With just two days to go before the August 31 deadline for US withdrawal from Afghanistan, the evacuation effort from Hamid Karzai International Airport is slowing. But on Sunday morning, 97 countries and the United States said in a joint statement that they had “received assurances from the Taliban” that both Afghans and non-Afghans with travel authorization will be permitted to leave the country after the US military departs.
“We will continue issuing travel documentation to designated Afghans, and we have the clear expectation of and commitment from the Taliban that they can travel to our respective countries,” the statement said.
Yet regardless of international assurances, for hundreds of thousands of at-risk Afghans, there will be many barriers to leaving the country. First, there’s the prospect of traveling through Taliban checkpoints to the Kabul airport—which also will be controlled by the Taliban after the US leaves—or making a dangerous journey by land. Then there’s the matter of papers.
Sher Mohammed Abas Stanekzai, the chief Taliban negotiator, said on Friday that Afghans who wish to leave the country must first obtain passports from the Afghan interior ministry and travel documents from foreign governments. “At best, it is a process could take months, if not years; at worst, it will alert the Taliban as to who does not want to live under their rule,” Lara Jakes writes in the New York Times.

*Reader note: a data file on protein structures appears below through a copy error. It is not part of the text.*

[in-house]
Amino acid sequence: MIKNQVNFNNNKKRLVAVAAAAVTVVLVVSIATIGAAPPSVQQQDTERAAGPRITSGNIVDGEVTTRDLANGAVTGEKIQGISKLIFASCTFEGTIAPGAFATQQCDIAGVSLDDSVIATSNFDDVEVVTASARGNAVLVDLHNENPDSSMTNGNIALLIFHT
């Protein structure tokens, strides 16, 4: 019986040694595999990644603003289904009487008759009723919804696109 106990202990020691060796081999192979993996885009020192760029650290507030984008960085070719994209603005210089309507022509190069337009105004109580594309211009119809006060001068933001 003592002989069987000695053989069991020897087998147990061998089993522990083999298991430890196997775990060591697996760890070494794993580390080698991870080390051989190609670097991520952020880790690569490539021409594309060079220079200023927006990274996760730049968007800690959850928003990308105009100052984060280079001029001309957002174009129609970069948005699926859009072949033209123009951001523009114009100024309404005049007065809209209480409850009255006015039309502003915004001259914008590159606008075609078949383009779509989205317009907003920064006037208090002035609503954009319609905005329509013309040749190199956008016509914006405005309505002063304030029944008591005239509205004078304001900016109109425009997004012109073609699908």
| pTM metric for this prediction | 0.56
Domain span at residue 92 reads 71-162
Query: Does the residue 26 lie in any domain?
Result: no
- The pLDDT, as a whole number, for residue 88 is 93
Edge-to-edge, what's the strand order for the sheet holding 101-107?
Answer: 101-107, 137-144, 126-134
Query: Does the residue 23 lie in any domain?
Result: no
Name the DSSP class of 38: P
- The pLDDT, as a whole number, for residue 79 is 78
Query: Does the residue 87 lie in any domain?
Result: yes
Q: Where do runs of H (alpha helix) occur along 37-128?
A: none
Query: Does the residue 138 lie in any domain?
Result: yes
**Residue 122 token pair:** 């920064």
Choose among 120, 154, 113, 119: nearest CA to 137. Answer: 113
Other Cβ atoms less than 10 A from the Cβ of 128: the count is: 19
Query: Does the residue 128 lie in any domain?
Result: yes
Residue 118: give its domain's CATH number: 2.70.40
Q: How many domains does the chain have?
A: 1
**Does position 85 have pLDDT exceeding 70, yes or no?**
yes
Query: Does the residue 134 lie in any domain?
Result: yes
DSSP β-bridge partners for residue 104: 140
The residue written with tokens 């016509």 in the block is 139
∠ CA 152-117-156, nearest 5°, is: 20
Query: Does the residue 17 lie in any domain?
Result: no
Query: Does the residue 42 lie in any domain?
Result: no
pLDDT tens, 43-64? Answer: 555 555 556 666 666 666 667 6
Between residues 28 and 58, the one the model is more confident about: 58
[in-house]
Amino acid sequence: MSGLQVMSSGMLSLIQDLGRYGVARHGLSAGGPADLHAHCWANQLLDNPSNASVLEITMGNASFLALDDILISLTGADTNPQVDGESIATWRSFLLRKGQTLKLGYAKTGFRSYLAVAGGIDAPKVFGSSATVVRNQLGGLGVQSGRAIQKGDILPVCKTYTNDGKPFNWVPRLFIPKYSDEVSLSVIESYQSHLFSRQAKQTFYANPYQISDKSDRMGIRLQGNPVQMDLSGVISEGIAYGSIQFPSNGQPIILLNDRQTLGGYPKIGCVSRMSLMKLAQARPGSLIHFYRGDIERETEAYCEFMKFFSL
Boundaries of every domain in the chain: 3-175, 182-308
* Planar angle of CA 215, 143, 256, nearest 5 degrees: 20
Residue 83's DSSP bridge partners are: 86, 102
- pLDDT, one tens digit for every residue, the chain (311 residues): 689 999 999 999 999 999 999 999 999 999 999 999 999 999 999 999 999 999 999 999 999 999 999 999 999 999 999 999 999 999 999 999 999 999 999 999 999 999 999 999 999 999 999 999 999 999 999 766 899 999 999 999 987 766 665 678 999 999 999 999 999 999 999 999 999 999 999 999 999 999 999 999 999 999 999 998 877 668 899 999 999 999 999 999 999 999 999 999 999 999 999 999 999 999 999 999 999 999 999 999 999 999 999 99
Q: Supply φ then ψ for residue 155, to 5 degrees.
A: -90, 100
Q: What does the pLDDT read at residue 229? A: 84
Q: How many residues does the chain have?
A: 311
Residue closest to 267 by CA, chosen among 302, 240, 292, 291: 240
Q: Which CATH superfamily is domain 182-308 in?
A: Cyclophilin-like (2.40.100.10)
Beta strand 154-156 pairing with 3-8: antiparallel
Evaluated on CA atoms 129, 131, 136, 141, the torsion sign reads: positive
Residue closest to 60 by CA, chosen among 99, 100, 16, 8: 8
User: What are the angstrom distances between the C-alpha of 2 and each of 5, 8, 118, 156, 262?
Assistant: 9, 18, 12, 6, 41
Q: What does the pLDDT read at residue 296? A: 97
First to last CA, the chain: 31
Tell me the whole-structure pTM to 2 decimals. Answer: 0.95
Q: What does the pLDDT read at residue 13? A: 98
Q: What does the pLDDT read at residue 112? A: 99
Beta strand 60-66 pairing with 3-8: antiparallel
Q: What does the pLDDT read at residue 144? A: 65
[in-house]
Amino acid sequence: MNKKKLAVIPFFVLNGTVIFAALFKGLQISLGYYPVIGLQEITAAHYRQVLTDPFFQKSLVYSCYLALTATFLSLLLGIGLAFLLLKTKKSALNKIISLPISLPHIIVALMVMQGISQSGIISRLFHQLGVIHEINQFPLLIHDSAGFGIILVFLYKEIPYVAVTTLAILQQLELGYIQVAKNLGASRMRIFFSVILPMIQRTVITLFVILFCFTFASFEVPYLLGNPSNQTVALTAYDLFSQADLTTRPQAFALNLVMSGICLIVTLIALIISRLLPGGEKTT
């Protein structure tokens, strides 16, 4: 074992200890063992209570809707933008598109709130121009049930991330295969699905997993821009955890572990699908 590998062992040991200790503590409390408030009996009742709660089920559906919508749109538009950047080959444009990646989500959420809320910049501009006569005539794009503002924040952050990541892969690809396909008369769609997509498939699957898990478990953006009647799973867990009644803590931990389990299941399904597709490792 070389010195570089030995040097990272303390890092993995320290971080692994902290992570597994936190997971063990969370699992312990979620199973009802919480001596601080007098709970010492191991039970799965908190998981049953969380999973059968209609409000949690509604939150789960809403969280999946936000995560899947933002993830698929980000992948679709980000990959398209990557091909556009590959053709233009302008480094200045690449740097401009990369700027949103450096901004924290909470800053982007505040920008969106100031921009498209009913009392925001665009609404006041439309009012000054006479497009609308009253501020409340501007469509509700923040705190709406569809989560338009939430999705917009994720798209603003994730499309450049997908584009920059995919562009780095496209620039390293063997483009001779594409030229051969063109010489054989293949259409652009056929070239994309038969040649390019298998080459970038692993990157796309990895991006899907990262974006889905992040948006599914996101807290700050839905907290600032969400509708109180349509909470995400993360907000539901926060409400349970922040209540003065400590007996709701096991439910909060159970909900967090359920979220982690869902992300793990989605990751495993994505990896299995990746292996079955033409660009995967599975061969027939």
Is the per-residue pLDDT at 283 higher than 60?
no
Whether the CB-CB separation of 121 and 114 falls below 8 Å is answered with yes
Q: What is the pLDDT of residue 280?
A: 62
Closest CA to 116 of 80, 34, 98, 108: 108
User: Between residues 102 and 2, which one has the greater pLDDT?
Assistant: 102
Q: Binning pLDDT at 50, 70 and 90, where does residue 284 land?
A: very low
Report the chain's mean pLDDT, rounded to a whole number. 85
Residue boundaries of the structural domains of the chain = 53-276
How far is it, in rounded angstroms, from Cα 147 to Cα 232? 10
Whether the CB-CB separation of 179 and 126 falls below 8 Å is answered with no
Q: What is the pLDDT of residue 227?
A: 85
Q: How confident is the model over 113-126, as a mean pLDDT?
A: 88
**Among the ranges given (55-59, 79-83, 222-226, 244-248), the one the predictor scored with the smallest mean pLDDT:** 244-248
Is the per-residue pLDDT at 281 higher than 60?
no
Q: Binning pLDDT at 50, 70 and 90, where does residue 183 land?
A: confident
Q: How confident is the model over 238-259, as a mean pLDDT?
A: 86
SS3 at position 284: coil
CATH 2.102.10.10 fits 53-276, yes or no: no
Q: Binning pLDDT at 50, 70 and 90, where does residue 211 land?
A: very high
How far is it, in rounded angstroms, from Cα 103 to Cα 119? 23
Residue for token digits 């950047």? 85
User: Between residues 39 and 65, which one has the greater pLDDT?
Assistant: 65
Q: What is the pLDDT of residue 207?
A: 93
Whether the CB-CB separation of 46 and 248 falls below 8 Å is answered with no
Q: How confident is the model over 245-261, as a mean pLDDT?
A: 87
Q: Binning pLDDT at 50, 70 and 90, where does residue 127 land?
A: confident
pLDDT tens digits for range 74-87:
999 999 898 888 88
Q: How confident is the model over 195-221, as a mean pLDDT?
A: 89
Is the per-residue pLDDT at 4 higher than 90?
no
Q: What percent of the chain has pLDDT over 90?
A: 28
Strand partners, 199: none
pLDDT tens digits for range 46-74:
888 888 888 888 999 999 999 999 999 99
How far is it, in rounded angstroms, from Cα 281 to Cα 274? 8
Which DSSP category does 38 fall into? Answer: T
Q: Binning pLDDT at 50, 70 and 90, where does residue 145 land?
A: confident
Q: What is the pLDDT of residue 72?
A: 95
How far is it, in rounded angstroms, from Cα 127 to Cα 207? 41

According to the Biden administration, 117,000 people had been evacuated from Afghanistan as of Saturday, including at least 5,100 Americans. But a precise tally of who still needs to be evacuated is impossible: The Times reports that officials believe “thousands of Americans” remain in Afghanistan, as do tens of thousands of Afghans who worked for the US government over the last two decades. And that’s not even beginning to count the Afghans—including journalists, judges, and women’s rights advocates—who risk of being targeted by the Taliban for other reasons.
While Taliban leaders make public assurances of amnesty for Afghan soldiers and previous government officials, “there are growing reports of detentions, disappearances, and even executions of officials at the hands of the Taliban, in what some current and former government officials describe as a covert and sometimes deadly pursuit of the Taliban’s enemies,” according the Times.
US officials are making “ongoing preparations to help people continue to leave Afghanistan after our military departs,” Biden said in a statement on Saturday. But as the deadline approaches, the numbers of people getting out is slowing dramatically. About 2,900 people were evacuated by the United States on Saturday, compared to 6,800 the day before, and military commanders are moving troops and equipment out of the airport.